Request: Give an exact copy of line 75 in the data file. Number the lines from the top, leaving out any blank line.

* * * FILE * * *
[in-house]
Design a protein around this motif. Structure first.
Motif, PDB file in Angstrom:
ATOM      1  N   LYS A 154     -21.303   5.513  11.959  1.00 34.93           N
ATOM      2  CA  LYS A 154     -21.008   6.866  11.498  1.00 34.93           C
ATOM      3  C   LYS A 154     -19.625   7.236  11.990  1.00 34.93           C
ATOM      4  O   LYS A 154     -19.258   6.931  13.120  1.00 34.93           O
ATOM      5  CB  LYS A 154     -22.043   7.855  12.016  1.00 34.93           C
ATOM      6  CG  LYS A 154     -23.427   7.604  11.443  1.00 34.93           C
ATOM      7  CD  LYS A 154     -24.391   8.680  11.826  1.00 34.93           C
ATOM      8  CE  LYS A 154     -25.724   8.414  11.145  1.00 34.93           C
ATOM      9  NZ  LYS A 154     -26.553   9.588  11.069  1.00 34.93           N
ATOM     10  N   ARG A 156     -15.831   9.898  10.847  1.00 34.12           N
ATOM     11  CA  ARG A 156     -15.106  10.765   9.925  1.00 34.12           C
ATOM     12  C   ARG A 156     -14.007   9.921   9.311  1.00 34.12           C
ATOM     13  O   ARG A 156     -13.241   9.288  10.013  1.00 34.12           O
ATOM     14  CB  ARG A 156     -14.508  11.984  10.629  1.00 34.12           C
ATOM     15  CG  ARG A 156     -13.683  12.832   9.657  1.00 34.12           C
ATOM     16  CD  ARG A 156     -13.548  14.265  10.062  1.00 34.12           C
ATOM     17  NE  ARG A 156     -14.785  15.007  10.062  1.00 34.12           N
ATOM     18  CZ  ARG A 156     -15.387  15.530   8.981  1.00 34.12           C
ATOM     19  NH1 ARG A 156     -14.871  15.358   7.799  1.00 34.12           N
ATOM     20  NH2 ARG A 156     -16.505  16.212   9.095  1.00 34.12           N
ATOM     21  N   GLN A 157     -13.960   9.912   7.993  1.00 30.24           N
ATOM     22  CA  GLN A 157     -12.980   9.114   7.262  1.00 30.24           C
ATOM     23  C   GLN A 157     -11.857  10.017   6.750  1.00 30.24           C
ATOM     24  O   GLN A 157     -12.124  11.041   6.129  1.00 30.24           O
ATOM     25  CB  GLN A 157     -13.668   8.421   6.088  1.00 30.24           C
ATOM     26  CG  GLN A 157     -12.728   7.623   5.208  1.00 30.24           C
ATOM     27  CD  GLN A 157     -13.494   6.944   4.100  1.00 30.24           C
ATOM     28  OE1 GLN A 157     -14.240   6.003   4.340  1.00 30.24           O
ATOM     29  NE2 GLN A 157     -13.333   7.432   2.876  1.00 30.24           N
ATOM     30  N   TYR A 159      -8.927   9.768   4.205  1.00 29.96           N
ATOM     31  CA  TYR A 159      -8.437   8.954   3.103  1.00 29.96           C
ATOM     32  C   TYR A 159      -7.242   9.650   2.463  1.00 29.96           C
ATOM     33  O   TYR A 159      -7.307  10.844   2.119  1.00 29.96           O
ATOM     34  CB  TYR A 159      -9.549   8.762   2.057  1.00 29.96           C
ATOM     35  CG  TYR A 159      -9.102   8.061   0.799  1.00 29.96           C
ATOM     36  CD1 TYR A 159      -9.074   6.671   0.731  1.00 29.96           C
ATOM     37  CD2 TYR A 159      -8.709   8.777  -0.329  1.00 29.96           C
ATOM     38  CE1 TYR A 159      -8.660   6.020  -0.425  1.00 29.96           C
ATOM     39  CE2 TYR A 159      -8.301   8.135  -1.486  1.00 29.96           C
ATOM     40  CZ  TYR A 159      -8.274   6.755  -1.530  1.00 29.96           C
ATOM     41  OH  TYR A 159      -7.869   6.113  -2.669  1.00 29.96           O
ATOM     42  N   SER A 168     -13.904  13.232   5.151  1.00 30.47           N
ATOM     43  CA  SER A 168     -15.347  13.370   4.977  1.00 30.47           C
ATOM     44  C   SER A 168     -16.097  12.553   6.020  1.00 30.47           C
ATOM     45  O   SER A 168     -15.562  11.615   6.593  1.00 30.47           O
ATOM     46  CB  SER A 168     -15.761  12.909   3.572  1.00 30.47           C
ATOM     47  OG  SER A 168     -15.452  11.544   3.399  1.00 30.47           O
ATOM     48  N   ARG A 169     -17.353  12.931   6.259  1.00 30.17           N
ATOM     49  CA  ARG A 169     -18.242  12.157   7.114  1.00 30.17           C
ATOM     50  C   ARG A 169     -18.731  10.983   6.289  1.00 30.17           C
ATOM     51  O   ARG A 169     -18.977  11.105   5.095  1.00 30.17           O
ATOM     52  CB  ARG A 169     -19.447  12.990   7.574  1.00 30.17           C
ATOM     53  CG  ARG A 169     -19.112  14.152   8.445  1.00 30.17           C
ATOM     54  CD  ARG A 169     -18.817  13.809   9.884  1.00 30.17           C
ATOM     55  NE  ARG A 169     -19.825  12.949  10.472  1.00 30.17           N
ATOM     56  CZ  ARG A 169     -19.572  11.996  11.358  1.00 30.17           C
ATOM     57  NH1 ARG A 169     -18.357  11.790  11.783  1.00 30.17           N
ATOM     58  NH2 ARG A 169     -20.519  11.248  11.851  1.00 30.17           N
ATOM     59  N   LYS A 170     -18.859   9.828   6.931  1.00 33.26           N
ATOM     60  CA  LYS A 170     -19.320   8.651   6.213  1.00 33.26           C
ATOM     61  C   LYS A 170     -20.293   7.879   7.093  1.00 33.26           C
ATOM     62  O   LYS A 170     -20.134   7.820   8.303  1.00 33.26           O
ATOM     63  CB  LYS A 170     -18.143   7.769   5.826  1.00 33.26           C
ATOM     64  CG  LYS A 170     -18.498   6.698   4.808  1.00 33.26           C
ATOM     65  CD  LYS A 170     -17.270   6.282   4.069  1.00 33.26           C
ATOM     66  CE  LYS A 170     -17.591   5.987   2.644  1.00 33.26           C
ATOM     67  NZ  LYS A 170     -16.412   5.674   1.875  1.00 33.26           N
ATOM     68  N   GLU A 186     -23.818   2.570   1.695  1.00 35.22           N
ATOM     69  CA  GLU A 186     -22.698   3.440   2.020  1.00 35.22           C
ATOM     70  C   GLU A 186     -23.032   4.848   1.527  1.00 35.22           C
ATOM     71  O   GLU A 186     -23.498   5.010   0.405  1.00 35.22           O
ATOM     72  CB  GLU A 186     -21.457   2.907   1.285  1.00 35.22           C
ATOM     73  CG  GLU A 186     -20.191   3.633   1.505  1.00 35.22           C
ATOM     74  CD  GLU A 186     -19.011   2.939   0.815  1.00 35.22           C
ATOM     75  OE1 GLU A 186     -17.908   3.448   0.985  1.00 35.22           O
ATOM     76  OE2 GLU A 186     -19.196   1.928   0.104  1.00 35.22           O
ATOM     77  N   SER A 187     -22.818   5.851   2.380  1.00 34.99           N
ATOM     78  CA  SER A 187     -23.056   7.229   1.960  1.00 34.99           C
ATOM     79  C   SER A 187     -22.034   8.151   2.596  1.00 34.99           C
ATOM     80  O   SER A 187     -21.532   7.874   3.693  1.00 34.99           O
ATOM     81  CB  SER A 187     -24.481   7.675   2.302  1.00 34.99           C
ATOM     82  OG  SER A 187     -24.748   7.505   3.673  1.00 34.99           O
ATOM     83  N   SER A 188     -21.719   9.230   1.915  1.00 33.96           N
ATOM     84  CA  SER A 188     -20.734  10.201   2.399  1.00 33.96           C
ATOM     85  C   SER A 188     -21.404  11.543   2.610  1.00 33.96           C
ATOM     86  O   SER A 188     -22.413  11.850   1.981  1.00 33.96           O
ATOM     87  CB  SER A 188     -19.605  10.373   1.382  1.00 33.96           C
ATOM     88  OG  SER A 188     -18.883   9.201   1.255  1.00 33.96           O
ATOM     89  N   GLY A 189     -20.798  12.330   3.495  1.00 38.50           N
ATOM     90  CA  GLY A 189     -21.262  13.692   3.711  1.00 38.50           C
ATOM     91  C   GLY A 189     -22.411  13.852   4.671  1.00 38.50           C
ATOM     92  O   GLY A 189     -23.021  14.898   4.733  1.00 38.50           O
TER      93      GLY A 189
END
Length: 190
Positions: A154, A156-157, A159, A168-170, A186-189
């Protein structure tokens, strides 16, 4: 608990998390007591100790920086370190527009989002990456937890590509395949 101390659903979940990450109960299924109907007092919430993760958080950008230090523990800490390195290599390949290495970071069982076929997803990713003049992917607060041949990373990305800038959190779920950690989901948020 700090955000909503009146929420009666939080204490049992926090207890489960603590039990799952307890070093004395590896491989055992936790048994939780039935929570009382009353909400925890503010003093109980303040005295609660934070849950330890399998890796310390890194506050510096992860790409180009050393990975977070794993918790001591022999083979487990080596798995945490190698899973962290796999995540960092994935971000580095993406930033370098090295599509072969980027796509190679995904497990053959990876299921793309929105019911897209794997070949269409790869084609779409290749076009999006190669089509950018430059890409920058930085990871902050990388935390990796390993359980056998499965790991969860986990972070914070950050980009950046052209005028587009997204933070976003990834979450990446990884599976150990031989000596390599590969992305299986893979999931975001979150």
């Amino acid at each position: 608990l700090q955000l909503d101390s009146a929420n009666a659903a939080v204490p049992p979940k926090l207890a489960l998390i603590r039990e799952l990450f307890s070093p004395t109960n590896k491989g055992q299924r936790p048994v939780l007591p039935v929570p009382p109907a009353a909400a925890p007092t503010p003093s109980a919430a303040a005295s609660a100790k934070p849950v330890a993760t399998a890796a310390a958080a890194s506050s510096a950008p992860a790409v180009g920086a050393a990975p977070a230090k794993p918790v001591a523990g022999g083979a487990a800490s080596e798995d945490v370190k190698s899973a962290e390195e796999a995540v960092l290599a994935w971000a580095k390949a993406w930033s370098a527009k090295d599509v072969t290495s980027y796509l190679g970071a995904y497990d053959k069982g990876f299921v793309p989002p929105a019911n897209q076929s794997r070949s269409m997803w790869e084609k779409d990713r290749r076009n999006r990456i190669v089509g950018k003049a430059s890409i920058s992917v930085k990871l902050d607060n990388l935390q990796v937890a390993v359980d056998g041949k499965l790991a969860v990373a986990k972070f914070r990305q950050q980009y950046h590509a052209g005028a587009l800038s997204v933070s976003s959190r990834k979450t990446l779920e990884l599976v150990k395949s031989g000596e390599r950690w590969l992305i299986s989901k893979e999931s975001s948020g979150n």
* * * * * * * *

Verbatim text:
ATOM     72  CB  GLU A 186     -21.457   2.907   1.285  1.00 35.22           C